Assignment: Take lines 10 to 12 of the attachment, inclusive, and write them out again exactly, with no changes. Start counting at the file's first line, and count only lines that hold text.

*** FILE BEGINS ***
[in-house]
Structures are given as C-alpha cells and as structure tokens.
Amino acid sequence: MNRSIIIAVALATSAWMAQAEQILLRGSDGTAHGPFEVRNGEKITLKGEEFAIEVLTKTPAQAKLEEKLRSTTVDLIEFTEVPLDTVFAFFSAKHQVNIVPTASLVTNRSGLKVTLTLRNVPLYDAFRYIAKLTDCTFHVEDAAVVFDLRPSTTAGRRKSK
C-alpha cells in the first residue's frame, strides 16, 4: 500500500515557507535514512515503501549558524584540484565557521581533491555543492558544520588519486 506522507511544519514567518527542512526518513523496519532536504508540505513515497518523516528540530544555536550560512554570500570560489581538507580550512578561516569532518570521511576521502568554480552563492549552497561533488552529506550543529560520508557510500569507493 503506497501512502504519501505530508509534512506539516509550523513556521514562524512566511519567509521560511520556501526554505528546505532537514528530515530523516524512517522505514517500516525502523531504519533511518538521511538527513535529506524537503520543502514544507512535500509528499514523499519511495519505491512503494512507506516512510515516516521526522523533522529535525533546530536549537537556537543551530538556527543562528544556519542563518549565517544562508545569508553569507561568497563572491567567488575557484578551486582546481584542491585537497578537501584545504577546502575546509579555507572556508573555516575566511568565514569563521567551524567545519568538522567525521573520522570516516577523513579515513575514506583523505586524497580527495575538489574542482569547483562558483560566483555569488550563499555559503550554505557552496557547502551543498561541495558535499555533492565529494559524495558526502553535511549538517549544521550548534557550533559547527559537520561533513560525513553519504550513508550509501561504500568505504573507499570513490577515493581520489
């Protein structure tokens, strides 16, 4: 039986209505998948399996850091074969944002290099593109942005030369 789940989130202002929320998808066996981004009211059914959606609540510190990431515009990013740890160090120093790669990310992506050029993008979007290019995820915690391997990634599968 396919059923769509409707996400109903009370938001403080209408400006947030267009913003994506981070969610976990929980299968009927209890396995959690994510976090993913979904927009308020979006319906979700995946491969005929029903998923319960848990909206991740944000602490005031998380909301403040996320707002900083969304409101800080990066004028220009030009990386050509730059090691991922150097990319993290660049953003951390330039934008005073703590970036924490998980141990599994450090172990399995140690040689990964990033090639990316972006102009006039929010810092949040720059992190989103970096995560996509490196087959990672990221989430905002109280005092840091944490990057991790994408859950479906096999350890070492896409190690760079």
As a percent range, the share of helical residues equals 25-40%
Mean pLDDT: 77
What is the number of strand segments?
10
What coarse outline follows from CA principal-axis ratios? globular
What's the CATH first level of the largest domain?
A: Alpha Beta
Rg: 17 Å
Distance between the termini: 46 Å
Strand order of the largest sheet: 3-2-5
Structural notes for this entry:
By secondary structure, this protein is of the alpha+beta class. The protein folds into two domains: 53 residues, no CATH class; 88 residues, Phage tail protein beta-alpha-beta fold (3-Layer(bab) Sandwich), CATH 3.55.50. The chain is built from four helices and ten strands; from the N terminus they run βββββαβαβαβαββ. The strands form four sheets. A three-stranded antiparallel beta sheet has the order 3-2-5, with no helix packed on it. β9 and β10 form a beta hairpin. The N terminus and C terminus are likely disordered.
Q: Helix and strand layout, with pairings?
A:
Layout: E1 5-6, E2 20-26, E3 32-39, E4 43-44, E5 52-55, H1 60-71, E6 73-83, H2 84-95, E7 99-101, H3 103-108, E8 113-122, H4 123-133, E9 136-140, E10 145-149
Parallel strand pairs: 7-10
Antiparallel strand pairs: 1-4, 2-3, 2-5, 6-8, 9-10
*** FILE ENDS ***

What coarse outline follows from CA principal-axis ratios? globular
What's the CATH first level of the largest domain?
A: Alpha Beta